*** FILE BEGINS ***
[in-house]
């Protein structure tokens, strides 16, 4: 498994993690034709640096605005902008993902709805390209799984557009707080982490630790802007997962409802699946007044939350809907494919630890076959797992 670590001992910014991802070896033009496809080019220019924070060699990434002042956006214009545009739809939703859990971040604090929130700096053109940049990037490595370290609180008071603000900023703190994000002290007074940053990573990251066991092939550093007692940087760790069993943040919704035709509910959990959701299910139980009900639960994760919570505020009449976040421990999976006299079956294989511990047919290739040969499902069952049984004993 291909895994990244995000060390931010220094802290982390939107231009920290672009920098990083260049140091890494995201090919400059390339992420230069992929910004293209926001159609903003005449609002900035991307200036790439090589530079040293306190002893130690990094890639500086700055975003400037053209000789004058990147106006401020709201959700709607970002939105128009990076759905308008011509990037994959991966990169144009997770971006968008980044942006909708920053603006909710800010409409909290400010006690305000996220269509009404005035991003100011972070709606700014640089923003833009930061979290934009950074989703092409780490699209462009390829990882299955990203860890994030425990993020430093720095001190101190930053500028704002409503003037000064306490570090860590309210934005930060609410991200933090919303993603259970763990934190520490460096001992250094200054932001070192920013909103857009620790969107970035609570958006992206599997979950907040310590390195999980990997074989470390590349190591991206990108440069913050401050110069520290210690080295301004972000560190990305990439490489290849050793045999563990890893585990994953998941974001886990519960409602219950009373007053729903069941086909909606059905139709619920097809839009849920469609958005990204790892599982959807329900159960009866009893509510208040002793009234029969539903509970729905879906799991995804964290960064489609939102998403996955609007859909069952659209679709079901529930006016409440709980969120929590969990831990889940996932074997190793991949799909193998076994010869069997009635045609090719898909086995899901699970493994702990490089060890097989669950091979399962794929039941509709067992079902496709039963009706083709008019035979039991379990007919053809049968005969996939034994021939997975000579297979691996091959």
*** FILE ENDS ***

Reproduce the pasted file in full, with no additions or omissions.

[in-house]
């Protein structure tokens, strides 16, 4: 498994993690034709640096605005902008993902709805390209799984557009707080982490630790802007997962409802699946007044939350809907494919630890076959797992 670590001992910014991802070896033009496809080019220019924070060699990434002042956006214009545009739809939703859990971040604090929130700096053109940049990037490595370290609180008071603000900023703190994000002290007074940053990573990251066991092939550093007692940087760790069993943040919704035709509910959990959701299910139980009900639960994760919570505020009449976040421990999976006299079956294989511990047919290739040969499902069952049984004993 291909895994990244995000060390931010220094802290982390939107231009920290672009920098990083260049140091890494995201090919400059390339992420230069992929910004293209926001159609903003005449609002900035991307200036790439090589530079040293306190002893130690990094890639500086700055975003400037053209000789004058990147106006401020709201959700709607970002939105128009990076759905308008011509990037994959991966990169144009997770971006968008980044942006909708920053603006909710800010409409909290400010006690305000996220269509009404005035991003100011972070709606700014640089923003833009930061979290934009950074989703092409780490699209462009390829990882299955990203860890994030425990993020430093720095001190101190930053500028704002409503003037000064306490570090860590309210934005930060609410991200933090919303993603259970763990934190520490460096001992250094200054932001070192920013909103857009620790969107970035609570958006992206599997979950907040310590390195999980990997074989470390590349190591991206990108440069913050401050110069520290210690080295301004972000560190990305990439490489290849050793045999563990890893585990994953998941974001886990519960409602219950009373007053729903069941086909909606059905139709619920097809839009849920469609958005990204790892599982959807329900159960009866009893509510208040002793009234029969539903509970729905879906799991995804964290960064489609939102998403996955609007859909069952659209679709079901529930006016409440709980969120929590969990831990889940996932074997190793991949799909193998076994010869069997009635045609090719898909086995899901699970493994702990490089060890097989669950091979399962794929039941509709067992079902496709039963009706083709008019035979039991379990007919053809049968005969996939034994021939997975000579297979691996091959």